Grandmothers are mothers, too . . .

Indie Book Awards0001Grandmothers on your Mothers Day gift list?

CHILD OF MY CHILD: POEMS AND STORIES FOR GRANDPARENTS makes a great gift!

 

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Portfolio

Photographs by Ken Salzmann

 

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Dark-eyed strangers. . .

http://newversenews.blogspot.com/2006/10/stadium.html

 

“Poets are like baseball pitchers. Both have their moments. The intervals are the tough things.”

–Robert Frost

 

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New poetry podcasts now online

It amounts to something of an unplanned theme, but music–in one form or another–seems to unite this recent collection of poetry podcasts. Readings of my poems “When Summer Gathered,” “At Paul’s Mall,” “Jitterbug Waltz,” and “What But the Music” are now available  right here.

 

(You can find LANE CHANGE, the book in which these poems appear, as either a paperback or an eBook on Amazon.)

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At a loss for words

This time, it was the Chickasaw language. But the story is familiar enough that it called to mind for me a similar one from a decade or so ago about another place and language. That earlier story prompted me to write the poem posted below.

Today’s  article  reported that  Emily Johnson Dickerson, the last person who spoke only the Chickasaw language,  died last week in Ada, Oklahoma.  Dickerson, 93, was one of about 65 people fluent in the Chickasaw language, which still had thousands of speakers as recently as the 1960s.

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That’s a situation mirrored in many places and cultures world wide, and for anyone who loves language and values diversity it can only be sobering. The big picture is brought into focus by the Living Tongues Institute for Endangered Languages.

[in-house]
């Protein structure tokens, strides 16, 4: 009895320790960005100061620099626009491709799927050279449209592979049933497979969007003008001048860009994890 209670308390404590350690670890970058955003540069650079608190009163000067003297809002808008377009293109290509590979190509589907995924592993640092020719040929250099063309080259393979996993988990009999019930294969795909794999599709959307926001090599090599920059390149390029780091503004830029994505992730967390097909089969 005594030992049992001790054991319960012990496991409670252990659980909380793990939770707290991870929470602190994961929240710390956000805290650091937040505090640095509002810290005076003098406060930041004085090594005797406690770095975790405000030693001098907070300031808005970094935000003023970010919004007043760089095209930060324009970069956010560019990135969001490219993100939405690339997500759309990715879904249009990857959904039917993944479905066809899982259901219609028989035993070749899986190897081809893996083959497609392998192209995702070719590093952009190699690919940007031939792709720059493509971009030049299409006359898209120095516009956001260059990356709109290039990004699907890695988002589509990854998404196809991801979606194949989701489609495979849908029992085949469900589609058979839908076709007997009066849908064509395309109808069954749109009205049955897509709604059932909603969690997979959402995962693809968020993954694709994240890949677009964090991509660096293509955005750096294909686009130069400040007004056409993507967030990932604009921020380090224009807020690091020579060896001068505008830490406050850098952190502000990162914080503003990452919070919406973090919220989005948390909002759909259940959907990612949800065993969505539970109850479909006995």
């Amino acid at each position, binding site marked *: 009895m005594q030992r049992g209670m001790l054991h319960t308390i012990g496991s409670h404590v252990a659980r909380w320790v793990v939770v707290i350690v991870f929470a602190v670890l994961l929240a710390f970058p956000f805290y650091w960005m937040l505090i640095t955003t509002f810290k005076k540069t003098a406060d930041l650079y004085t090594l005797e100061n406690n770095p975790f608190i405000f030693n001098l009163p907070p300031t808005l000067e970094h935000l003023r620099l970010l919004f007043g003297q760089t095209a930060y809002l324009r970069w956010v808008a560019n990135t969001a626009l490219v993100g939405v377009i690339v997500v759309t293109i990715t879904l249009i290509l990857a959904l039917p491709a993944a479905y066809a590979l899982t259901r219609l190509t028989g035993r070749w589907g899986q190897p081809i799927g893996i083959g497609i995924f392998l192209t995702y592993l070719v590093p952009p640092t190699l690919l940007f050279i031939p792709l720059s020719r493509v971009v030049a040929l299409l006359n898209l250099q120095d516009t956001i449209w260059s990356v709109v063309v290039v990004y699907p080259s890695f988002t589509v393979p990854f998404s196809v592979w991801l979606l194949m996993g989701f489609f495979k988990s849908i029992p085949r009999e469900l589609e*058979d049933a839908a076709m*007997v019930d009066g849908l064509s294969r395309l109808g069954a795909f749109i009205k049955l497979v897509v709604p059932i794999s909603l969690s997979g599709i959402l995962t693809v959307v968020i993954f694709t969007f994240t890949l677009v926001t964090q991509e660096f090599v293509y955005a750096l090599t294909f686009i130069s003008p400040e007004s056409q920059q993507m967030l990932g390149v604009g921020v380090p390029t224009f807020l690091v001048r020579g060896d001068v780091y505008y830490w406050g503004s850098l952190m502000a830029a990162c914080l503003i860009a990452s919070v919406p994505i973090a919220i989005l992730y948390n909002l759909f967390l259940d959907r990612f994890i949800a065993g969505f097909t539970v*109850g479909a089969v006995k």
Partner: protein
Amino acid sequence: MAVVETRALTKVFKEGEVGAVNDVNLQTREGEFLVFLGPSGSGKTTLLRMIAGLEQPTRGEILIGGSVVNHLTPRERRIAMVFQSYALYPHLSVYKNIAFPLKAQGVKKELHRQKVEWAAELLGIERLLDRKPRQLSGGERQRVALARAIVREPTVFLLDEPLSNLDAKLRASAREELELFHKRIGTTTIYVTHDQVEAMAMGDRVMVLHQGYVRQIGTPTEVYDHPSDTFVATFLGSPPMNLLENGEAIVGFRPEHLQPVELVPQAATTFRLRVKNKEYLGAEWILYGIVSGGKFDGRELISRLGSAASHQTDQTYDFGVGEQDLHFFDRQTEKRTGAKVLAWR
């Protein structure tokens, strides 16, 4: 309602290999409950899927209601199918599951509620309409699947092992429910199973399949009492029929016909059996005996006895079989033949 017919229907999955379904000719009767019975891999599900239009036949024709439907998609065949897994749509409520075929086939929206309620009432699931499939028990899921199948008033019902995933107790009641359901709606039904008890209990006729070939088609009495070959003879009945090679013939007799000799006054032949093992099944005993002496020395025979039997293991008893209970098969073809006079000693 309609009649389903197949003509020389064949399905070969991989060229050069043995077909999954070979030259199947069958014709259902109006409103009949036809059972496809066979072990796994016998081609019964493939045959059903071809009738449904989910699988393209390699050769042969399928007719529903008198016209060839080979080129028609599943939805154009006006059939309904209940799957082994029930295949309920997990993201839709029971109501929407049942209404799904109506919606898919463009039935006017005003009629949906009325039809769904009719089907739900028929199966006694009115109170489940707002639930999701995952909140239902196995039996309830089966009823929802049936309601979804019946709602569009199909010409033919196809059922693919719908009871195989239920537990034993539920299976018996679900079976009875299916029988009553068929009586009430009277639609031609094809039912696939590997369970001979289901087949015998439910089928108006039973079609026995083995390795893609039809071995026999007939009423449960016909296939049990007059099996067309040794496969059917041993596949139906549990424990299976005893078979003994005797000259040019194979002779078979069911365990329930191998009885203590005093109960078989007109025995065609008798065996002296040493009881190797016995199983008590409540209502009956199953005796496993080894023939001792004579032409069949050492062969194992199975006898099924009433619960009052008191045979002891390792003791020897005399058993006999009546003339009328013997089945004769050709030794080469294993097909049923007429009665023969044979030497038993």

As it happened, however, it wasn’t the “big picture” that led me to write that poem. It was a 2004 article in the New York Times Magazine by the noted journalist Jack Hitt. . . .

(Portrait of Emily Johnson Dickerson by artist Mike Larsen.)

 

 

Say No More

I intended to say we share words as well,

although it takes just two of us and a common language

to articulate a tower.

 

More like that Sunday magazine article

On dying languages in Patagonia

Than we care to say:

 

I asked her if she ever had

a conversation with the only other person

in the world who [spoke Yaghan].

No, Emelinda said impatiently,

the two of us don’t talk.

 

You might have said we are forever tossing

sound about in places where ideas are gathered

then drummed into senselessness.

 

That we are approaching the moment

when we will sit at a café table

telling secrets but speaking in tongues.

 

I intended to say we share words as well,

and the speechlessness of aged Yaghan women

hoarding icy words in a land of fire.

 

“Say No More” appeared in Front Range Review, Spring 2007

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Talking poetry . . .

Recently, I was reminded of an interview I did a couple of years ago for Sketchbook, an international journal. The interview was conducted by Sketchbook Contributing Editor Helen Bar-Lev (a wonderful poet as well).

Here’s that discussion from 2012.

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Steroids in baseballl? My historian son and his colleague  think a little context is in order, as they propose in this OpEd.

(The Chicago Tribune has a paywall, but there’s a simple and free way to sign up for a few free articles.)

Our Nation of Bionic Workers

By Sarah  F. Rose  and  Joshua  A. T.  Salzmann

September 25, 2013, Chicago Tribune

As Yankees third baseman Alex Rodriguez prepares to appeal his 211-game suspension, seeking the $86 million remaining on his contract, it would be easy to dismiss him as a steroid-using cheat. But the narrative of A-Rod as a greedy fraud obscures the fact that players’ use of steroids has been driven by the changing business of baseball. Ironically, Major League Baseball’s arbitrator will be deciding the fate of the industry’s own creation, even as MLB and the Yankees escape with their profits intact. Read more . . .

 

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September 25, 2013 · 9:58 pm